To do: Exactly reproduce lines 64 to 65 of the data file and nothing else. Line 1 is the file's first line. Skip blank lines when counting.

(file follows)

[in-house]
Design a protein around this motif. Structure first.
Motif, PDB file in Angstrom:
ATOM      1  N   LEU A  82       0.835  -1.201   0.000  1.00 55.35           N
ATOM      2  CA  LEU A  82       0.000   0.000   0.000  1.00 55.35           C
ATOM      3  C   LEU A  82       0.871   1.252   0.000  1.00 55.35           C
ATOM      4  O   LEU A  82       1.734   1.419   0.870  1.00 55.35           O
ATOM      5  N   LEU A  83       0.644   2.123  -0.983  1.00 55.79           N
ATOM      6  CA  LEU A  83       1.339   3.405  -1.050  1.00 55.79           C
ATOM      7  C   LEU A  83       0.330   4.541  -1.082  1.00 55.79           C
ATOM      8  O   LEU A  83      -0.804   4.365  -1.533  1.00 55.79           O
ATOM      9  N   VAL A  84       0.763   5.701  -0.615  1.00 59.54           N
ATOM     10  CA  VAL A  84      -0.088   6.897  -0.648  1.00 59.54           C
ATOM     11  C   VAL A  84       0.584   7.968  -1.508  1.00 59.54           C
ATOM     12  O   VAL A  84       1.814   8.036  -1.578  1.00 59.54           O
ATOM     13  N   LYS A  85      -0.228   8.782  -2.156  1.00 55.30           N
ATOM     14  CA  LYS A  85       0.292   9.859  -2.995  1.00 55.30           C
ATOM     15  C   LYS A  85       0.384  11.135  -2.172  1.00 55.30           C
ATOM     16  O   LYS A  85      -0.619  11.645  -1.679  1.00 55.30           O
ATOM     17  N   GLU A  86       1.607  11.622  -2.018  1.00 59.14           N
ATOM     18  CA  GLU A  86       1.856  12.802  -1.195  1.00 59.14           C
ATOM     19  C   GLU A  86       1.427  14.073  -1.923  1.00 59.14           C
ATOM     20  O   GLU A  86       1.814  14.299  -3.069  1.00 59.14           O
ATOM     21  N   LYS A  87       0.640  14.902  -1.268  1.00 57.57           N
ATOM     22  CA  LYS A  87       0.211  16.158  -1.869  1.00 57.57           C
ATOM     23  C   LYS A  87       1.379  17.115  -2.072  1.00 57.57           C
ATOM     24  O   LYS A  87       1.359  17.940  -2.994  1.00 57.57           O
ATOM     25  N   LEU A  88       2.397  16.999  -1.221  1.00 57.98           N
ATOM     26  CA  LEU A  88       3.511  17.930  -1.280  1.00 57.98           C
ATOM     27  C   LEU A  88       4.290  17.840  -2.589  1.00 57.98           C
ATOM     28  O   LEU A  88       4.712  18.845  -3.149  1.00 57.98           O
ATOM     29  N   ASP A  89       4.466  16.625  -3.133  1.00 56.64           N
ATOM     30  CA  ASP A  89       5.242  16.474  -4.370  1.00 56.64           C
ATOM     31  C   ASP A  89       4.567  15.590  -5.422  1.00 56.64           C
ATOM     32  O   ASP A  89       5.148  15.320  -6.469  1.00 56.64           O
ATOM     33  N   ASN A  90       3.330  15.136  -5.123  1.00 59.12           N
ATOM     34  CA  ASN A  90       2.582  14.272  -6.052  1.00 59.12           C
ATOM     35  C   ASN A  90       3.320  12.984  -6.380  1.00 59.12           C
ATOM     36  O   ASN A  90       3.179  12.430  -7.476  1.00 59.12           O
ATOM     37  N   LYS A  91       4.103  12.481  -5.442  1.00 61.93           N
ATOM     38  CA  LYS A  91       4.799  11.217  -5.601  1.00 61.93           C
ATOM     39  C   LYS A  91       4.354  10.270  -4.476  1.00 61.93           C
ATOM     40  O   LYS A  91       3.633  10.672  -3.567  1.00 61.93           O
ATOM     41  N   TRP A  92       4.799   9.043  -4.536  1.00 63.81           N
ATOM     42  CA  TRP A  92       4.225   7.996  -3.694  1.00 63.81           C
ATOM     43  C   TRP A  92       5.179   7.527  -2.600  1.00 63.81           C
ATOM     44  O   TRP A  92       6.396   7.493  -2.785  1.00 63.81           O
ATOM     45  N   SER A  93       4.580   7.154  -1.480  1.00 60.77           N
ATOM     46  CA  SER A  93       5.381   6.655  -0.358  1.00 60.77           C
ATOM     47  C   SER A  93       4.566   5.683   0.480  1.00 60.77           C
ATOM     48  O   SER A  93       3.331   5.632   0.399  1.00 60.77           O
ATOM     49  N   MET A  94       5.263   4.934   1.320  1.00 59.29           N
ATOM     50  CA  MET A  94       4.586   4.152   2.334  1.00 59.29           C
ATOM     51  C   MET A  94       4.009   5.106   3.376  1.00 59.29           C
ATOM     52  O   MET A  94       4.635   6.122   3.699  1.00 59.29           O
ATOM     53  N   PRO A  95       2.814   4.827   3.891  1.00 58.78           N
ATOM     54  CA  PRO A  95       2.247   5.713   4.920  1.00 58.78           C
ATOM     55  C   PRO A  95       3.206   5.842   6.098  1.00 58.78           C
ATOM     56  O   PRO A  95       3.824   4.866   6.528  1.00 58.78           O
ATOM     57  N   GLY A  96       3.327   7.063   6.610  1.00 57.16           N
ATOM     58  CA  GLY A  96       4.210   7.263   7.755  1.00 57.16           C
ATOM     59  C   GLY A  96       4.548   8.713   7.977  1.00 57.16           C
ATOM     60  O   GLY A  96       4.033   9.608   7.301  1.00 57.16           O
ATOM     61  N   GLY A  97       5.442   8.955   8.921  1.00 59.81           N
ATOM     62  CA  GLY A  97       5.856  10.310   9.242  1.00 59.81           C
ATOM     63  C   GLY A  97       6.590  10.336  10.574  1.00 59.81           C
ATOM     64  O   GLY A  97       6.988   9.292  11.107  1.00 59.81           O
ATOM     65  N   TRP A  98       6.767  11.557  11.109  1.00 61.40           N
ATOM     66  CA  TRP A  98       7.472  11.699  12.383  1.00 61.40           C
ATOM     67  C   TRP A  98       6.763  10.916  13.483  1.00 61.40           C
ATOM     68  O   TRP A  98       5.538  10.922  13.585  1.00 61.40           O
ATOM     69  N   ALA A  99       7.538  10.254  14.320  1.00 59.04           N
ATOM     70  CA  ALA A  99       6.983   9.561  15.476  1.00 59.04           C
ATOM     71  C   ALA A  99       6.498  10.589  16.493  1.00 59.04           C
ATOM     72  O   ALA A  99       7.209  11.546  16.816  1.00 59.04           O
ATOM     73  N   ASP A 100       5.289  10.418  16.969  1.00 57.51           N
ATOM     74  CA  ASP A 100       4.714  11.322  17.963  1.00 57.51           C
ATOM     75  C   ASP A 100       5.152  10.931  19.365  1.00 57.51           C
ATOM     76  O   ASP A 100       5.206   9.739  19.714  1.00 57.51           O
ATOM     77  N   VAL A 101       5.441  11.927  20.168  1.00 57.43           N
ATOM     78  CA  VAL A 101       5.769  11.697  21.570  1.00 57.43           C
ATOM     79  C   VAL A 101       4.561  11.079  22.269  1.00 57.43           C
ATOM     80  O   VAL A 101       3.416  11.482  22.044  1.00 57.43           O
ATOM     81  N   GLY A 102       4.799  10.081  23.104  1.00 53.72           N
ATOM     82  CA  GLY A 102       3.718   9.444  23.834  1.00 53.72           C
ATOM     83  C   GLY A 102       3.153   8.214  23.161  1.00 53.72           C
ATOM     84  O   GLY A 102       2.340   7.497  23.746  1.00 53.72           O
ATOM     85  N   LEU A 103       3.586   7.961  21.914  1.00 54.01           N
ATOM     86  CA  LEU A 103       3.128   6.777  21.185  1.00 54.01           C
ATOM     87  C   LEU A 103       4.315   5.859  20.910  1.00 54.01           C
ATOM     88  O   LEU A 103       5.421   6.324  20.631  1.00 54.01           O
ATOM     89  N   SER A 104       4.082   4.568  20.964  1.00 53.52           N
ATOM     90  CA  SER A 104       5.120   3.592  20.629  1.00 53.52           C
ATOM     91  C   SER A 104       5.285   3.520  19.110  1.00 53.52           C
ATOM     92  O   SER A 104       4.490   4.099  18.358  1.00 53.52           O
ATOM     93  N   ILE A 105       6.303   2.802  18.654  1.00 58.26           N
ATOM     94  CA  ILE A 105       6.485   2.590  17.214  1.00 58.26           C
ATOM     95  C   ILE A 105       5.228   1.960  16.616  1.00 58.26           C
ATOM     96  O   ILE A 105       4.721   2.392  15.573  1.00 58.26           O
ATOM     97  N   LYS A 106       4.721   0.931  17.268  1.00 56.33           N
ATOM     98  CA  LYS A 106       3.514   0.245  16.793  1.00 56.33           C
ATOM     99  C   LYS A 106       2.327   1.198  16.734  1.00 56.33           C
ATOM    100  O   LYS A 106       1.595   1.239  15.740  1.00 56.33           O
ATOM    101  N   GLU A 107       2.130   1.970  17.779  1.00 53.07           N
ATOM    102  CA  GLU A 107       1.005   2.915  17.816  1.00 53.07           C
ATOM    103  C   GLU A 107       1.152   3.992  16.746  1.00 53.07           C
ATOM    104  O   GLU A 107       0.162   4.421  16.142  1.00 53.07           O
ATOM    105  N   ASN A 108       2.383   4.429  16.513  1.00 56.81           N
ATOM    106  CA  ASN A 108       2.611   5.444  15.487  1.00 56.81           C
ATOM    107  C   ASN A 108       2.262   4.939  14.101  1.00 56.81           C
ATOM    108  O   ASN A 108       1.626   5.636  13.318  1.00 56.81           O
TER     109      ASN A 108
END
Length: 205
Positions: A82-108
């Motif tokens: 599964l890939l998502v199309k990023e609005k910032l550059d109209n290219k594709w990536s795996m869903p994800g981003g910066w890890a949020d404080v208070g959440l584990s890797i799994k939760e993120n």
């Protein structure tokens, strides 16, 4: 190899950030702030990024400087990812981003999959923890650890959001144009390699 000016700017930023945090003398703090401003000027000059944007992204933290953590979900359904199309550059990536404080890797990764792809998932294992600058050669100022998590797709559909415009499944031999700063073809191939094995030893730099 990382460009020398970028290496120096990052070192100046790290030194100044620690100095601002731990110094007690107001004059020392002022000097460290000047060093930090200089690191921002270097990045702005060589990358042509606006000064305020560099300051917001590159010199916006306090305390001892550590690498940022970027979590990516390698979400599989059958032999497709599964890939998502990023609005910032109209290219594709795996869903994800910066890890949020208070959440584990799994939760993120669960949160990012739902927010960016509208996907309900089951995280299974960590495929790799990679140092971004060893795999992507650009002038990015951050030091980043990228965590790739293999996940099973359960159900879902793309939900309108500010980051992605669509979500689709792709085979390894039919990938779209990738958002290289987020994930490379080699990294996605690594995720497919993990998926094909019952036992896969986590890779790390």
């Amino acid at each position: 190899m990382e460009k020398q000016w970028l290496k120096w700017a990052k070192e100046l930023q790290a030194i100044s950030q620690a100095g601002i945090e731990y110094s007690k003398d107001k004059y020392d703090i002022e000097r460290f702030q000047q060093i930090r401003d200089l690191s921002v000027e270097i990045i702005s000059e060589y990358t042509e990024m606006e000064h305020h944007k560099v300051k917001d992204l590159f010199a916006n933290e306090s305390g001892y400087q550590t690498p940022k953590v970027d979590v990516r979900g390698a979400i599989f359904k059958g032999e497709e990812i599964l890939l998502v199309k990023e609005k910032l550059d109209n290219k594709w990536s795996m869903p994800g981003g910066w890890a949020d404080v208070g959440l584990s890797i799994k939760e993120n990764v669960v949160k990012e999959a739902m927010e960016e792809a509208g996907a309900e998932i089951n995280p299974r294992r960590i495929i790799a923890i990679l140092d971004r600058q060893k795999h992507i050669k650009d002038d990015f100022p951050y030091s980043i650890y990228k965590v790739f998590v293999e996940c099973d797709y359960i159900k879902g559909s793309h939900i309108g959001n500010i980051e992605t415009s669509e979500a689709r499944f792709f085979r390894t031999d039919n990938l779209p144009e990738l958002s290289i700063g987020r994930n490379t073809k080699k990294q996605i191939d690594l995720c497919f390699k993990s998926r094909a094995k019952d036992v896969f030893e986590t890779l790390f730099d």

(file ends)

ATOM     61  N   GLY A  97       5.442   8.955   8.921  1.00 59.81           N
ATOM     62  CA  GLY A  97       5.856  10.310   9.242  1.00 59.81           C